This month marks a decade of single parenting, leaving me a milestone to reflect on the unique gifts and challenges which come by nature to those of us who fly as the solo adult in a sea of parenting chaos. There are many ways I approach my time and strategy with our little tribe differently than you might if you have a husband or wife to share the journey, some of which you would never want to replicate, but there are some I will keep even when I have a partner to share the role with me. The way we travel is at the top of that list.
I can no longer count on all of my fingers and toes how many people have said “I could never travel like that with my kids,” or “your kids couldn't possibly be old enough to walk that far with a pack,” or “you are lucky you got those kids, mine would never...” In a sense they are all right-- they can never have those experiences if they never jump off of that ledge of fear and try.
Travel is our highway to joy. A straight path to deep connection. A known place in our souls is tapped when we are amid the unknown of a new adventure, just the three of us in this big, wide, wonder-filled world. When we travel we feel our place: at once insignificant among the many cultures or vast mountain-scapes we encounter, and also as the most important people to one another. When we travel, we know we belong in this fabulous clan we've been gifted as family. Travel has become my number one elective spending priority. My children value it so much they no longer ask for material gifts for Christmas and birthday gifts-- they build those wishes around experiences.
These travel experiences have given us such a rich foundation for our relationship I want other families to have them. These comments of doubt from other parents have amassed in me over time so deeply I found myself sitting outside our tent on a rural Michigan beach one morning, while Sam and Caroline slumbered, reflecting on what it is that I do differently. The answer came: I travel like a single mom.
That is no excuse for you though, everyone can travel this way. For you who want it-- here is my single mom's guide to adventure:
Plan a kid-friendly activity once each day but don't limit yourself to ONLY kid stuff, this is your vacation too. Give them as much decision making as you can in this process. Pick 3 things you would enjoy and let them pick their favorite. If you've decided you are hiking, let them choose the trail.
Look for one activity that will hit it out of the park for them. Sam now has a reputation for getting stuck at the various stands of brochures in hotel lobbies and rest stops-- you know, the ones that advertise amusement parks, fudge factories, haunted houses, and other parental nightmares where you can find the masses of Americans standing in long lines drinking soda. These are totally not my thing when we are adventuring-- they have a place for us in a different area of life-- but for my sweet son who is the classic target audience for these brilliant marketers' work, he needs something flashy on his trip.On our last adventure I found a family company which runs dunebuggy tours near Saugatuck. Fast, open-topped four wheeling up and down nature's roller coaster? Yes, please! It hits all of Sam's fantasies. When you find this sweet spot of adventure, let them in on it as soon as possible-- let them look forward to it all week-- that way when you are needing a little parental R&R by eating at a brew pub with nice salads instead of the hot dog stand with mini golf, they know they'll get their fun too.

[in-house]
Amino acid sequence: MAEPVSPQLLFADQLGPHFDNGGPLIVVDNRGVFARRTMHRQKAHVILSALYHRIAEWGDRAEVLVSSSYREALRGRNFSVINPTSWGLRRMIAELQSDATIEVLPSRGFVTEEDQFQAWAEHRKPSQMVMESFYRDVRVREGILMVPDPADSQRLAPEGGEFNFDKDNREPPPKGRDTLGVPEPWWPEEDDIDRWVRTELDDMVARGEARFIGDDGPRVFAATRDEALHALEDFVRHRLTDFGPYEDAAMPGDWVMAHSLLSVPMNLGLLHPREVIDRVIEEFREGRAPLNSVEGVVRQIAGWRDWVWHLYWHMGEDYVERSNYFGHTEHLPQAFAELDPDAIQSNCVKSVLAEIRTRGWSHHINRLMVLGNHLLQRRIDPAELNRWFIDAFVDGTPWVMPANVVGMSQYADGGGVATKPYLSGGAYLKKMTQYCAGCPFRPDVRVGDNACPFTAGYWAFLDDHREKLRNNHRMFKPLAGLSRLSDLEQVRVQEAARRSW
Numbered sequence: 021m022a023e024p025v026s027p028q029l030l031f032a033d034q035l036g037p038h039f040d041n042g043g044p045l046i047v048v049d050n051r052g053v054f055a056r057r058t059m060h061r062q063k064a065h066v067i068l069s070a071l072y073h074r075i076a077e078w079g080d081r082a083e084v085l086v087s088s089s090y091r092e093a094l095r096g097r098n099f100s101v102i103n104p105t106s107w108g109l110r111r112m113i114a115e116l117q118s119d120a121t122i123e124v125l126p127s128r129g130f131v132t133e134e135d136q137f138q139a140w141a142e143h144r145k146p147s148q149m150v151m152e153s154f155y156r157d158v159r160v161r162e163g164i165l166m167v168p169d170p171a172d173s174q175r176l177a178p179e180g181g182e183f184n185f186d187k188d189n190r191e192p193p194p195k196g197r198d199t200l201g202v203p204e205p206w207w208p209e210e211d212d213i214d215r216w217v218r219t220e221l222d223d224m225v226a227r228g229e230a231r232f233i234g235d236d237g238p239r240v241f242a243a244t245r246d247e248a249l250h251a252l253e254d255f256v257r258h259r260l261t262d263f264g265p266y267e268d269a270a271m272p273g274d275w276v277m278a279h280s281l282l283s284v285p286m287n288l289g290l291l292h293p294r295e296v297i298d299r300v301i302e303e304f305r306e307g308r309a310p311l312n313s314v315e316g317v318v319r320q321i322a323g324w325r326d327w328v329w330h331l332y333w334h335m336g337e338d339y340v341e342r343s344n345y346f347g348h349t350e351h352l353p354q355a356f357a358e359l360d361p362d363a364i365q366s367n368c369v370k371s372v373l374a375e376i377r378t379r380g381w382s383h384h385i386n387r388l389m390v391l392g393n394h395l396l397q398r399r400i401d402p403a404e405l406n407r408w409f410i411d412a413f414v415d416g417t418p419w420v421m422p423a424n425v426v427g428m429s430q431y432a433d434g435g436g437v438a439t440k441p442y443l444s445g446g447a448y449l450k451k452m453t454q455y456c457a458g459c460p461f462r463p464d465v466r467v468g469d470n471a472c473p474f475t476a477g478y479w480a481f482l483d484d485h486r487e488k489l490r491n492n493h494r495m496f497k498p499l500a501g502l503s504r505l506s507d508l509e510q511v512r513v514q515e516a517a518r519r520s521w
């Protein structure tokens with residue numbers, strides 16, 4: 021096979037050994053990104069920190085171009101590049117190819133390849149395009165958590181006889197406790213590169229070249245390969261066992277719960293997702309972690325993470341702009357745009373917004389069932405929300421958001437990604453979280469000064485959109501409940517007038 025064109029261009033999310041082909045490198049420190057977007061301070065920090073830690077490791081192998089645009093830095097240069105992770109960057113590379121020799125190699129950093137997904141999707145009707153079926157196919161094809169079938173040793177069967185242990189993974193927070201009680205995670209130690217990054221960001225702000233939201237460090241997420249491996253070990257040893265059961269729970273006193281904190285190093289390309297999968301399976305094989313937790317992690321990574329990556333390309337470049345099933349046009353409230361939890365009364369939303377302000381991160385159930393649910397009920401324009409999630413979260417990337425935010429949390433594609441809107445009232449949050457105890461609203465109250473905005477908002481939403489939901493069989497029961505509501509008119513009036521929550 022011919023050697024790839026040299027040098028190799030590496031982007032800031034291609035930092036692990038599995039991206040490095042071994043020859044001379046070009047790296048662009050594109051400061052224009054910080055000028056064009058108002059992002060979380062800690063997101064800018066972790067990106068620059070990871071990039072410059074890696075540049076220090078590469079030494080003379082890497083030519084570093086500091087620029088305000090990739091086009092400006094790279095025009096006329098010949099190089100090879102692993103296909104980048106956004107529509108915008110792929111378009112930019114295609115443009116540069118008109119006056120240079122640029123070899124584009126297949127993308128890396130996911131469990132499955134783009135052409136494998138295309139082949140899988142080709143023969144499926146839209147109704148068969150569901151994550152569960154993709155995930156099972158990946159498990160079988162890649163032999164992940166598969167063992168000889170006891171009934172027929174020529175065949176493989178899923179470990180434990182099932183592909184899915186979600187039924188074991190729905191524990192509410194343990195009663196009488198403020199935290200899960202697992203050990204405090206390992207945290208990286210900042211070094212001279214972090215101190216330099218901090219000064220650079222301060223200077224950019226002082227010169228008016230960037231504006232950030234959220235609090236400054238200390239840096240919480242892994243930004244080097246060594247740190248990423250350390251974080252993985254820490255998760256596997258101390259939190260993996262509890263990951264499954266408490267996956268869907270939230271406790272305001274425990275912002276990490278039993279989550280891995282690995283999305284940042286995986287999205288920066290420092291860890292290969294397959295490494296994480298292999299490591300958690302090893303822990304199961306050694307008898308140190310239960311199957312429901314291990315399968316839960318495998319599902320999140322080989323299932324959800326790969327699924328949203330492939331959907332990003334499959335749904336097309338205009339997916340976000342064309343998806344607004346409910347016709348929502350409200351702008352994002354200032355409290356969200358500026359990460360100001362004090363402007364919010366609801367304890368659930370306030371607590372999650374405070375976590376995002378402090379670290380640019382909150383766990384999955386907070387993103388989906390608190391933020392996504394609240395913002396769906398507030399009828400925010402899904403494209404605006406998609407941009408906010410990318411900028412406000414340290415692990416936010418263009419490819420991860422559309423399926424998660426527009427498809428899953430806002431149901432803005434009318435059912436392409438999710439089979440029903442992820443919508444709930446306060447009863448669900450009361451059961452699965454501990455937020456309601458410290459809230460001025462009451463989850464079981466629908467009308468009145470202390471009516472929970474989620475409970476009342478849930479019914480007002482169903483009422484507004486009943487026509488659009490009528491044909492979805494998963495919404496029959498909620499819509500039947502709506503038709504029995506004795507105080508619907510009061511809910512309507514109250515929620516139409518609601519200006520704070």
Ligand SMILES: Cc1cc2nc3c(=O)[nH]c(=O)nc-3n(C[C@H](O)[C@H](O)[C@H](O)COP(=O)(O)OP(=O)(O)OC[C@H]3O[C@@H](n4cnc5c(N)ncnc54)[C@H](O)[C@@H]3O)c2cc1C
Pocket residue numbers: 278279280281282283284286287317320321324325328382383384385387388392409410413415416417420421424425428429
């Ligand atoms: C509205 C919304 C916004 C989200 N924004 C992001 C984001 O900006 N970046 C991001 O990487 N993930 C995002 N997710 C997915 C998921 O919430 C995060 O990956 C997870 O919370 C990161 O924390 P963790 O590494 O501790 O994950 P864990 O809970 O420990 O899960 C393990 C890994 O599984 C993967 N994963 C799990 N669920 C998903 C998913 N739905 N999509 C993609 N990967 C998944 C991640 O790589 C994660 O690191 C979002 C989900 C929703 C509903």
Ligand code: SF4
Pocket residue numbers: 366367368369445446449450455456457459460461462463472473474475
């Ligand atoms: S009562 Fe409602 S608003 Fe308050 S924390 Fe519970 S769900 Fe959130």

Talk to them about budget. They don't even have to know how to add to do this. Start young. I have always given my kids this information, hopefully in age-appropriate ways-- “we can choose to spend our money doing one of these three activities, but not all of them” was my preschool approach; now, it's “It costs $124 for all of us to get in to this tower for a view of the city, tomorrow we will be in a park where we can spend $42 for us all to get in to all-day ziplining and rock climbing, that will leave $82 of activity budget for other things as well, how would you like to spend this family money?” This means they are not victims of the budget, and you are not the bad guy for saying no. They get to choose, and live with that choice when they run out of budget. By the way, this also promotes really great business negotiating skills when siblings have to agree.
Have your kids read every day. It works best when they can find some quiet space to do this and they really get into their books. Sometimes their reading is done in the middle of everything though, and that's ok too-- it gives them a chance to practice finding quiet in the midst of chaos-- a skill we all can use throughout life.
Stop saying you can't afford it. There is always something you can do to get away-- even if “away” is in your own back yard. Camping is cheap, but I had absolutely no extra money when I was first divorced, so I called a friend who had land a few minutes from home, and he let us pitch a tent there for a few nights. Eventually, we could afford to stay in a state or national park campground.